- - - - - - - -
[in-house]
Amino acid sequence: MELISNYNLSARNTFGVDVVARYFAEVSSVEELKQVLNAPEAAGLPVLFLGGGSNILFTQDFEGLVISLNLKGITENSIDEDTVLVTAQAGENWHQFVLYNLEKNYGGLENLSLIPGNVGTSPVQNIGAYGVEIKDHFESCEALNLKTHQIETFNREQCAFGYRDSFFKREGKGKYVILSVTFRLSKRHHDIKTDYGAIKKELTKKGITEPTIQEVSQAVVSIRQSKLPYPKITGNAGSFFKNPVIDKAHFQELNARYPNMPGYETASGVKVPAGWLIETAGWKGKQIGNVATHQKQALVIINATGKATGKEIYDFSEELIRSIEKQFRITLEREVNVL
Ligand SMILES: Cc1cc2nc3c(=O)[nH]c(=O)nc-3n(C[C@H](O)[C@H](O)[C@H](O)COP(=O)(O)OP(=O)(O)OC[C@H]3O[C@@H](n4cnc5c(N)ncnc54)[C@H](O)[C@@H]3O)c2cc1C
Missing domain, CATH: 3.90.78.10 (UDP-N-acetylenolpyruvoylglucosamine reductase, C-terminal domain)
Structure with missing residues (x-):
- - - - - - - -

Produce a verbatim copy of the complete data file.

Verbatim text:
[in-house]
Amino acid sequence: MELISNYNLSARNTFGVDVVARYFAEVSSVEELKQVLNAPEAAGLPVLFLGGGSNILFTQDFEGLVISLNLKGITENSIDEDTVLVTAQAGENWHQFVLYNLEKNYGGLENLSLIPGNVGTSPVQNIGAYGVEIKDHFESCEALNLKTHQIETFNREQCAFGYRDSFFKREGKGKYVILSVTFRLSKRHHDIKTDYGAIKKELTKKGITEPTIQEVSQAVVSIRQSKLPYPKITGNAGSFFKNPVIDKAHFQELNARYPNMPGYETASGVKVPAGWLIETAGWKGKQIGNVATHQKQALVIINATGKATGKEIYDFSEELIRSIEKQFRITLEREVNVL
Ligand SMILES: Cc1cc2nc3c(=O)[nH]c(=O)nc-3n(C[C@H](O)[C@H](O)[C@H](O)COP(=O)(O)OP(=O)(O)OC[C@H]3O[C@@H](n4cnc5c(N)ncnc54)[C@H](O)[C@@H]3O)c2cc1C
Missing domain, CATH: 3.90.78.10 (UDP-N-acetylenolpyruvoylglucosamine reductase, C-terminal domain)
Structure with missing residues (x-):